The new issue will be out in a week! With articles on C.S. Lewis’s Till We Have Faces by Barfield scholar Jamie Hutchinson and Oxford classicist Mark Edwards, the first full account of Edward Tangye Lean’s original Inklings student group, and a groundbreaking, complete chart of Dorothy L. Sayers’ use of the four gospels in The Man Born to be King, this will be an indispensable resource for scholars of C.S. Lewis, Dorothy L. Sayers, and the Inklings.
The new issue of the Journal of Inklings Studies (Vol. 6, no. 1), out next week, convenes a book symposium on Grevel Lindop’s long-awaited biography of Charles Williams, Charles Williams: The Third Inkling (OUP 2015).
The contributors are:
Stephen Barber (on Williams as a father) Paul Blair Glen Cavaliero (on Michal Williams) Bruce Charlton Sorina Higgins Brian Horne Holly Ordway Rowan Williams
For a list of feature articles in the new issue, click here.
We’re excited to offer new and existing subscribers to the Journal of Inklings Studies a special 30% discount on C.S. Lewis and His Circle (Oxford University Press, 2015).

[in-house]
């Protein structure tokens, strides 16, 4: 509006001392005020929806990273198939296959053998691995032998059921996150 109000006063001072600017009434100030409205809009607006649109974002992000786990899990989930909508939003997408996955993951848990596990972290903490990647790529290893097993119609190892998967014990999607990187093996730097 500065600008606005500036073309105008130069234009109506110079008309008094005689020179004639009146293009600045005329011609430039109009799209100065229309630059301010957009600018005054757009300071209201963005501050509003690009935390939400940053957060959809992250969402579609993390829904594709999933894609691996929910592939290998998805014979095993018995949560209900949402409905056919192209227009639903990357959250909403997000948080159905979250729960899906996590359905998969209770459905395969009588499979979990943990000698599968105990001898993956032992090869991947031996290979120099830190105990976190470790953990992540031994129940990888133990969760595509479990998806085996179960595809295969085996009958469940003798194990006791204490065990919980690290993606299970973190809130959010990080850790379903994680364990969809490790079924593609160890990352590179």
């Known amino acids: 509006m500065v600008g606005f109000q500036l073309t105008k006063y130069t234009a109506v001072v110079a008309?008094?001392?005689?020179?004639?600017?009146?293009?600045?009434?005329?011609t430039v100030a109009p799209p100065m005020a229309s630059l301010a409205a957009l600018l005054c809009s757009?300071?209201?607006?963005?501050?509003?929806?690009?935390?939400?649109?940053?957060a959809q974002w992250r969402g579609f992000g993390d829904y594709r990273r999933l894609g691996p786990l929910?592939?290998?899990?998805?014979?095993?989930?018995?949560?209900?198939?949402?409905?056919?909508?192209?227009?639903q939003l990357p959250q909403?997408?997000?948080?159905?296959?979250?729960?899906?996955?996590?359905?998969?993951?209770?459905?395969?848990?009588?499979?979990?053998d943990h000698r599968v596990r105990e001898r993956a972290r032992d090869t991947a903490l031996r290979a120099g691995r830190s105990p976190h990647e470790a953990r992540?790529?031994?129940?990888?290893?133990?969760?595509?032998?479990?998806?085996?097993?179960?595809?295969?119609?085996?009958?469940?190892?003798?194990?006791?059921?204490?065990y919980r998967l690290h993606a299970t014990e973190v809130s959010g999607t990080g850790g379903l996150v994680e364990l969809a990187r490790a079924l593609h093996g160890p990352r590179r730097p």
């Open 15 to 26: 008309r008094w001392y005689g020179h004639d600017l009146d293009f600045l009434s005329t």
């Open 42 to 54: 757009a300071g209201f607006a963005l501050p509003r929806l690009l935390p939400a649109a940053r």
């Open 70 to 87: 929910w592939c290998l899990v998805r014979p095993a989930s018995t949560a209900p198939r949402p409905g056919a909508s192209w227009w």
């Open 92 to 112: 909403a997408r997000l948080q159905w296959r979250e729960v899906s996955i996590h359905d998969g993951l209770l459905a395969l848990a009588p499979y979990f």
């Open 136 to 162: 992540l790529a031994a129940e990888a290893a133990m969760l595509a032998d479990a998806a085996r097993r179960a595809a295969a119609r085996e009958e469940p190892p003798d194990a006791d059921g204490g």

C.S. Lewis and His Circle is a unique collection of first-hand essays and memoirs on C.S. Lewis and those in his literary circle, selected from the archive of the Oxford C.S. Lewis Society. Authors include former Inklings, close friends, and important thinkers.
More information on the book can be found on its OUP webpage.
To claim your 30% discount, simply subscribe to the journal, and you will receive a discount code by e-mail. If you are a current subscriber, contact us for your code.
Terms & Conditions:
Up to three discounted copies per subscriber; offer ends 10 November 2015.
The new issue of the Journal of inklings Studies, due out next week, includes an unpublished letter from C.S. Lewis to Owen Barfield (1949), recently discovered at the Bodleian Archives in Oxford by Tiffany Martin, concerning his brother’s alcoholism and a proposed change to the ending of The Lion, the Witch and the Wardrobe.
The letter is accompanied by a long introduction by Walter Hooper, giving the fullest account to date of Warnie’s long struggle with alcoholism.